Portrait of Peter Leopold (1800) by Luigi ParadisiMuseo Galileo - Istituto e Museo di Storia della Scienza
The Grand Duke Peter Leopold of the Lorraine Family is best known in history for his numerous reforms, his sense of enlightenment and for being the first in the world for abolishing the death penalty in 1786.
The Scientific Method (2018) by Illustration by Elena TrioloMuseo Galileo - Istituto e Museo di Storia della Scienza
Not everyone, however, knows that he also had a great passion for science of which he was also a great sponsor.
Peter Leopold with his Chemistry Cabinet (2018) by Illustration by Elena TrioloMuseo Galileo - Istituto e Museo di Storia della Scienza
In fact, this strong predisposition for science led him in 1769 to experiment on himself by receiving the “smallpox inoculation.”
This was a practical, initial vaccine against this dreadful disease that tormented Tuscany for several years during that époque.
Hospitals and new doctors with Peter Leopold (2018) by Illustration by Elena TrioloMuseo Galileo - Istituto e Museo di Storia della Scienza
It is documented that the vaccine was administered to the Grand Duke by the Dutch physician, Jan Ingenhousz, who had come to Florence for this specific purpose.
The physician incised the Grand Duke’s skin with a lancet that had been first introduced into a smallpox blister taken from a patient, in order to cause a sort of light and controllable form of the disease.
Detail of Peter Leopold's chemistry cabinet (1700) by Peter Leopold of LorraineMuseo Galileo - Istituto e Museo di Storia della Scienza
Therefore this was a practical type of vaccine that a few years later would be successfully renovated and refined by the English physician Edward Jenner, considered by all as the “Father of Immunization.”
The enlightened Grand Duke fully recognized the benefits of science and experimentation which is made visible on Museo Galileo’s second floor that houses his magnificent personal chemistry bench.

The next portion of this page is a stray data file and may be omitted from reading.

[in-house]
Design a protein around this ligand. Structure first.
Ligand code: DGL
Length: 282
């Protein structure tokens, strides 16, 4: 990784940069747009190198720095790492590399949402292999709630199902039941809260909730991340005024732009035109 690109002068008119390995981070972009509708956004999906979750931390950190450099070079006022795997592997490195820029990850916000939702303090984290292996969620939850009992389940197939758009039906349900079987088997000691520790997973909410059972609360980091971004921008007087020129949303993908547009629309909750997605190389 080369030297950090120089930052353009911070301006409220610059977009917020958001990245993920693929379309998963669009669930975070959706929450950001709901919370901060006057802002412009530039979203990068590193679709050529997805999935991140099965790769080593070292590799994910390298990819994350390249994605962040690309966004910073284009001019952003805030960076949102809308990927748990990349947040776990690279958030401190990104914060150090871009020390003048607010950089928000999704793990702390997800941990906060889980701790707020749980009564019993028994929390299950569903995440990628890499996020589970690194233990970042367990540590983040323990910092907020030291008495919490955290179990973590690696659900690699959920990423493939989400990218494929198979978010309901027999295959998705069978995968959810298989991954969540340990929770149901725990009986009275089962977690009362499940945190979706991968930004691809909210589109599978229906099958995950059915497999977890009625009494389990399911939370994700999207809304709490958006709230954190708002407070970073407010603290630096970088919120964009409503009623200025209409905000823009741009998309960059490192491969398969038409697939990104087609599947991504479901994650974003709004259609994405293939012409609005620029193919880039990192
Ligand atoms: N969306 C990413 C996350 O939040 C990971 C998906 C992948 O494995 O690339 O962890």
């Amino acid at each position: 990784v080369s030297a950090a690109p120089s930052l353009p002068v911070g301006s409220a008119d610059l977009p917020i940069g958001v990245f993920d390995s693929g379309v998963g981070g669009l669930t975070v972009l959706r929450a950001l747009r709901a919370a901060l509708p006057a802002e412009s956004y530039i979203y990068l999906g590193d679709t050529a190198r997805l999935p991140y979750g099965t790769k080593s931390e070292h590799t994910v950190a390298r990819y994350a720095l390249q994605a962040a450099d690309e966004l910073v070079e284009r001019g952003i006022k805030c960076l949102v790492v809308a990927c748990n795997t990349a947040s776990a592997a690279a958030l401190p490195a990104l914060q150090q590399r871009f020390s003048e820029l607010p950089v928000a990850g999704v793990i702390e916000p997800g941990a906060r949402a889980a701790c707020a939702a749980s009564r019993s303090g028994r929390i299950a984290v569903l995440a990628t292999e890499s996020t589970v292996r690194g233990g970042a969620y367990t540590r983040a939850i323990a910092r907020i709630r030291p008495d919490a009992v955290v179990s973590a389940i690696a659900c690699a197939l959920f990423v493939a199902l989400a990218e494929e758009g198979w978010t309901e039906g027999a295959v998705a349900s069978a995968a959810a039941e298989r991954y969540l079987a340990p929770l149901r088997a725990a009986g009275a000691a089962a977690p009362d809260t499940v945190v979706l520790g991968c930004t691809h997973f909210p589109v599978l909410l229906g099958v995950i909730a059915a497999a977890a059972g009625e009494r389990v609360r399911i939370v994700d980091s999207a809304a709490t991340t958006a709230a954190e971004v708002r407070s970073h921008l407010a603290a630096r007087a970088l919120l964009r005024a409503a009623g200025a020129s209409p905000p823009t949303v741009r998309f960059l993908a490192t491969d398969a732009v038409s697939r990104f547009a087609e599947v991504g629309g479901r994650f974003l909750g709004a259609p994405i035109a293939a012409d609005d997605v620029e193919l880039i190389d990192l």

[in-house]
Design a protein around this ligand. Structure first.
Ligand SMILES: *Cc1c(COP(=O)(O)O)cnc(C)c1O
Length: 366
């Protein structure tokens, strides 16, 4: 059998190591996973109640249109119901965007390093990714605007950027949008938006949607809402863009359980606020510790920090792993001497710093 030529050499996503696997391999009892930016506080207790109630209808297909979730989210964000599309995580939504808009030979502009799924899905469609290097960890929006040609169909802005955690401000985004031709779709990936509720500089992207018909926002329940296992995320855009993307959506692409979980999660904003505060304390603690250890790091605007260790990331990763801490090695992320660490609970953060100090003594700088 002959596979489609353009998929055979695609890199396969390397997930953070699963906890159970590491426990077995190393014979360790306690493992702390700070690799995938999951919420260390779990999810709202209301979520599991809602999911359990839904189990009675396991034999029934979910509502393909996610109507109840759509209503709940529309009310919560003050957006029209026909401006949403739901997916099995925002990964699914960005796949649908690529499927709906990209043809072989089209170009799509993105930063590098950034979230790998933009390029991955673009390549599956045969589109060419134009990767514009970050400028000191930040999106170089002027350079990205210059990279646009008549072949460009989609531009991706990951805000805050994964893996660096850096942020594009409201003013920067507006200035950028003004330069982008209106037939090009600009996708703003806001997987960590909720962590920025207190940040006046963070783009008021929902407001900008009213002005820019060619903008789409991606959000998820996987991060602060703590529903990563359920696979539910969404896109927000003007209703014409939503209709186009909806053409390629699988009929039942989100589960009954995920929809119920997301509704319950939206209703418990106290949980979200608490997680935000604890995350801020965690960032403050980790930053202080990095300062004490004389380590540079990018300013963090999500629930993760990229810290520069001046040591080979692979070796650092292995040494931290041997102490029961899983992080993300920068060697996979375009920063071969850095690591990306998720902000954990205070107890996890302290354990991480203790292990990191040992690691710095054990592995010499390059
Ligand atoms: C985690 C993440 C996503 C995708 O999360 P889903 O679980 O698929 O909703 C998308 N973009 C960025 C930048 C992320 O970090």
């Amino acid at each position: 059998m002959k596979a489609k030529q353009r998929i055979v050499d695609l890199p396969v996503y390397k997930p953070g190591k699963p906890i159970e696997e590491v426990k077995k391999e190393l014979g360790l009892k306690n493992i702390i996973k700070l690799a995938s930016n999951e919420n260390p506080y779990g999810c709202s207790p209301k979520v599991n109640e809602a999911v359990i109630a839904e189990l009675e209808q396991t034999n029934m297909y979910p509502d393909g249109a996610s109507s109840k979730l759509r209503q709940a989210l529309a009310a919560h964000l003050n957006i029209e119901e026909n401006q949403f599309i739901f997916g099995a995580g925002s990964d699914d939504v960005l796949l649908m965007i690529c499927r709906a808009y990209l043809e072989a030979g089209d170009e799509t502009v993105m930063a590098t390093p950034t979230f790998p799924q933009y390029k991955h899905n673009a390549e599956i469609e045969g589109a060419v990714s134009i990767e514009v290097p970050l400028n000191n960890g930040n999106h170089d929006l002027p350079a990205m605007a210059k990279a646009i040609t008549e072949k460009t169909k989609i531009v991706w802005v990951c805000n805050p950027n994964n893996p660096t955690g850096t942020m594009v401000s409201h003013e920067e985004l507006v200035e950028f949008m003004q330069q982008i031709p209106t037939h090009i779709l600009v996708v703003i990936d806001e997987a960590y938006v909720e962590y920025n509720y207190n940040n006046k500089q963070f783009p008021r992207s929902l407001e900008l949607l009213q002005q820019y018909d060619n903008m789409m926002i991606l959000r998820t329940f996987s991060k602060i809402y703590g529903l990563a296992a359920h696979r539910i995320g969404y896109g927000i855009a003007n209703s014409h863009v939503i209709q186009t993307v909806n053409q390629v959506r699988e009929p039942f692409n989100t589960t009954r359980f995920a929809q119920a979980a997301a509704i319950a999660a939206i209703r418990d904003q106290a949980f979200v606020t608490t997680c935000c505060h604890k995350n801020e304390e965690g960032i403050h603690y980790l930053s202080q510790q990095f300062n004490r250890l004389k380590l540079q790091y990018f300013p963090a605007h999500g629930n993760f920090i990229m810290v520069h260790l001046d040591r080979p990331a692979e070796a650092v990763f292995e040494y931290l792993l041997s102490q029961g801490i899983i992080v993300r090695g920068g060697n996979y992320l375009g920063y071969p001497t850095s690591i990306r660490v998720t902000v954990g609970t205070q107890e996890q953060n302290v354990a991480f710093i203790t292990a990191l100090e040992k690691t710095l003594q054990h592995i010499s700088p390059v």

This grand piece of furniture, that when closed takes on the form of a giant cabinet, and once opened is characterized by a large working surface bench where his experiments could be carried out.
Chemistry cabinet (1701/1800)Museo Galileo - Istituto e Museo di Storia della Scienza
The small drawers and cubby holes were filled with both instruments and glass jars of elements. Underneath you can also find a foot bellows especially useful for easily facilitating the combustion of the materials.
Bottle with label "Olio espresso dalle formiche" (1700) by Peter Leopold of LorraineMuseo Galileo - Istituto e Museo di Storia della Scienza
One small proof of Peter Leopold’s personal experiments can be witnessed in the small, elegant glass bottle labelled “olio estratto dalle formiche” translated into “oil extracted from ants.”
This prized substance makes for an optimal treatment for healing skin wounds.
You can come to Museo Galileo and admire in person this small bottle of potion positioned on his chemistry bench that was prepared by the Grand Duke himself.
By the Didactic Section of Museo Galileo - Istituto e Museo di Storia della Scienza